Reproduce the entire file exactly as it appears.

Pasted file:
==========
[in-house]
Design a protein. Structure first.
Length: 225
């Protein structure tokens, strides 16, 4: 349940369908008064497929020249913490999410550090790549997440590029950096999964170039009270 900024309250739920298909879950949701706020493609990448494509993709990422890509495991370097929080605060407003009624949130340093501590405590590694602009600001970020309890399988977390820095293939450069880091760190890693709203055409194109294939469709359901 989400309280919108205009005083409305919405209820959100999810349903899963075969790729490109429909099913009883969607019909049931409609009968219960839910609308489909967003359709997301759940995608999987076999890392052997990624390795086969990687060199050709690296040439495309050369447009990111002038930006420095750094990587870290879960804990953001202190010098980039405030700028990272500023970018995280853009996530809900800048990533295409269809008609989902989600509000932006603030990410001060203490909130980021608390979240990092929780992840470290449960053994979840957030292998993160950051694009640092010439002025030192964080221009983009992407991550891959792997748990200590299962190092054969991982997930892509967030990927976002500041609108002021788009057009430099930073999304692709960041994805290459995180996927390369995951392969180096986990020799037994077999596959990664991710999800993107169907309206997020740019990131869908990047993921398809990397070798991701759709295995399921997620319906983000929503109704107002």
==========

[in-house]
Design a protein. Structure first.
Length: 225
């Protein structure tokens, strides 16, 4: 349940369908008064497929020249913490999410550090790549997440590029950096999964170039009270 900024309250739920298909879950949701706020493609990448494509993709990422890509495991370097929080605060407003009624949130340093501590405590590694602009600001970020309890399988977390820095293939450069880091760190890693709203055409194109294939469709359901 989400309280919108205009005083409305919405209820959100999810349903899963075969790729490109429909099913009883969607019909049931409609009968219960839910609308489909967003359709997301759940995608999987076999890392052997990624390795086969990687060199050709690296040439495309050369447009990111002038930006420095750094990587870290879960804990953001202190010098980039405030700028990272500023970018995280853009996530809900800048990533295409269809008609989902989600509000932006603030990410001060203490909130980021608390979240990092929780992840470290449960053994979840957030292998993160950051694009640092010439002025030192964080221009983009992407991550891959792997748990200590299962190092054969991982997930892509967030990927976002500041609108002021788009057009430099930073999304692709960041994805290459995180996927390369995951392969180096986990020799037994077999596959990664991710999800993107169907309206997020740019990131869908990047993921398809990397070798991701759709295995399921997620319906983000929503109704107002």